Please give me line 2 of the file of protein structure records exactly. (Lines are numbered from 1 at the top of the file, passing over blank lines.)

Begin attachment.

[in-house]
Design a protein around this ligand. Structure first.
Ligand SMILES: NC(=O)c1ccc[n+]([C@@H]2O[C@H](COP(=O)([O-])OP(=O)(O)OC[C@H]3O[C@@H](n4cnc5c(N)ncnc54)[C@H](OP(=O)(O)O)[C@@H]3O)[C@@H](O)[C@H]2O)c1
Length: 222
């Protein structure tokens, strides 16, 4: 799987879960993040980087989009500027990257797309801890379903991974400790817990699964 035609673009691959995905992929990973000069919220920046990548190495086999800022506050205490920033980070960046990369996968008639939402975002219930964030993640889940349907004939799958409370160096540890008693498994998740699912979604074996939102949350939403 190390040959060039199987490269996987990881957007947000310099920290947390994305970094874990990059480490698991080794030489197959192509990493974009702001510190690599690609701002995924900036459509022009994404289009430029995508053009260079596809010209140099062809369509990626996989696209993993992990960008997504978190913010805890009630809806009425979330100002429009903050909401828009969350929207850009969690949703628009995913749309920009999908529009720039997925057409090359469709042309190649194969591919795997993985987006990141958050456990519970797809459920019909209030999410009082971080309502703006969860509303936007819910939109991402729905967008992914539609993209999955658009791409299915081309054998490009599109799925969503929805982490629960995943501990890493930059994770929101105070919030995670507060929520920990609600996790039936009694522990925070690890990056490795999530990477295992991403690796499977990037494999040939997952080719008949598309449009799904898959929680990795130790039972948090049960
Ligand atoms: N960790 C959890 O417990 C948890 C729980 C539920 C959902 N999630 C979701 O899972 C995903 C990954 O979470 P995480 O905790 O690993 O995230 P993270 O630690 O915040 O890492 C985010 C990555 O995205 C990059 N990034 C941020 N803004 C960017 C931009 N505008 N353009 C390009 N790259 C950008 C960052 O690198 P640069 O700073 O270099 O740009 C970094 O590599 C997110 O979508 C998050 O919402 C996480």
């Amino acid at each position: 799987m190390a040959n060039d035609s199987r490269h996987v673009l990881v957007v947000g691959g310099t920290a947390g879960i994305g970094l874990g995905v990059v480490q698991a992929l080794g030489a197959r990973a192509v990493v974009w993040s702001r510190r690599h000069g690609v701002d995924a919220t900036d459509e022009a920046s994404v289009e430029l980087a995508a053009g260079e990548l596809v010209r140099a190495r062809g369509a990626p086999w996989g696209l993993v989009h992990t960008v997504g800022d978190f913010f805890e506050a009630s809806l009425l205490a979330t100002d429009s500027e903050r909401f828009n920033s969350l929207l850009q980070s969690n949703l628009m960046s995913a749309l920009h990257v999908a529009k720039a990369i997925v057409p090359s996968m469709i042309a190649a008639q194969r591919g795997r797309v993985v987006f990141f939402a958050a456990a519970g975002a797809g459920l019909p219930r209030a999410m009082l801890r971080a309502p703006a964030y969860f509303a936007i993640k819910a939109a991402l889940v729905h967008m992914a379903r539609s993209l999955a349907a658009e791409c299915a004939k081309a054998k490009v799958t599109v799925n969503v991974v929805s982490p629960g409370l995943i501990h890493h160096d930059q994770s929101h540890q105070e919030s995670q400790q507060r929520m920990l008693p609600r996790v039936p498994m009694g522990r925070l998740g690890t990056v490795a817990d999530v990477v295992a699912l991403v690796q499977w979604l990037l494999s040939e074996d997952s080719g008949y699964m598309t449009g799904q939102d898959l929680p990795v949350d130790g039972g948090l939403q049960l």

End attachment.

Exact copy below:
Design a protein around this ligand. Structure first.